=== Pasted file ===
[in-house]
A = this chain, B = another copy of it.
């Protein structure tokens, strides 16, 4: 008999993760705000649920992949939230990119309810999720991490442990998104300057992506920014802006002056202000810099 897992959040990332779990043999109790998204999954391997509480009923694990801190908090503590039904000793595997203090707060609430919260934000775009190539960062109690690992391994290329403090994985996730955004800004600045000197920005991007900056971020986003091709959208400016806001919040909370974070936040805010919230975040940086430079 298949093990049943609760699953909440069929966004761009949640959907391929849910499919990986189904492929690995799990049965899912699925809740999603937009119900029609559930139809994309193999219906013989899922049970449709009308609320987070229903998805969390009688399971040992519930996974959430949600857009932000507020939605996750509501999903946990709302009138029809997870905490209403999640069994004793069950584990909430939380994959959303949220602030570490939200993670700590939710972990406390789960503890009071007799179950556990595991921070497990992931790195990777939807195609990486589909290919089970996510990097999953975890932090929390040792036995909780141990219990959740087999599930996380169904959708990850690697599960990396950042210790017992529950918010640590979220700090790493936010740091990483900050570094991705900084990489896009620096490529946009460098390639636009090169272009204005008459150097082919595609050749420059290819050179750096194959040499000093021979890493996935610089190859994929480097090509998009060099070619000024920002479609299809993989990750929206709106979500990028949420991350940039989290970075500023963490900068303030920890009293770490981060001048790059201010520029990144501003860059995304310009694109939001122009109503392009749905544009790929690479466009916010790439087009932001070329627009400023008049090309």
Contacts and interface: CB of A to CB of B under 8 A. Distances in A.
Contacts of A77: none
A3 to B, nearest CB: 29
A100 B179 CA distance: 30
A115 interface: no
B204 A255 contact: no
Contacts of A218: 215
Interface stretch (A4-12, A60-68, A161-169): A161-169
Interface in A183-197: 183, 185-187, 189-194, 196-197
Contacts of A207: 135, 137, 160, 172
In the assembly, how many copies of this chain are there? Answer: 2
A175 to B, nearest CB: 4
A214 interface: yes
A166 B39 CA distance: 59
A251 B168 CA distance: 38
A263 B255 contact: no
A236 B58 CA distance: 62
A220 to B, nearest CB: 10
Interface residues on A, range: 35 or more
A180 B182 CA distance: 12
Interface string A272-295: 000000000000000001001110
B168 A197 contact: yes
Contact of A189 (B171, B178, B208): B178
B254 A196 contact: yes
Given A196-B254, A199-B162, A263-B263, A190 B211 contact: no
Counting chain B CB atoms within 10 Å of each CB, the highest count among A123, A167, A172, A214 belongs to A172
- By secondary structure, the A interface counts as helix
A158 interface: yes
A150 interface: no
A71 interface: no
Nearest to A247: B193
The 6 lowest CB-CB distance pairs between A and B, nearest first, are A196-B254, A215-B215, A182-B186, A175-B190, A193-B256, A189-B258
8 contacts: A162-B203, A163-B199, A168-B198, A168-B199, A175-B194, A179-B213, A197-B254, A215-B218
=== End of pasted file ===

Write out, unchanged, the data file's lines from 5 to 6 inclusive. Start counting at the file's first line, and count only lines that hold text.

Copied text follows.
Contacts of A77: none
A3 to B, nearest CB: 29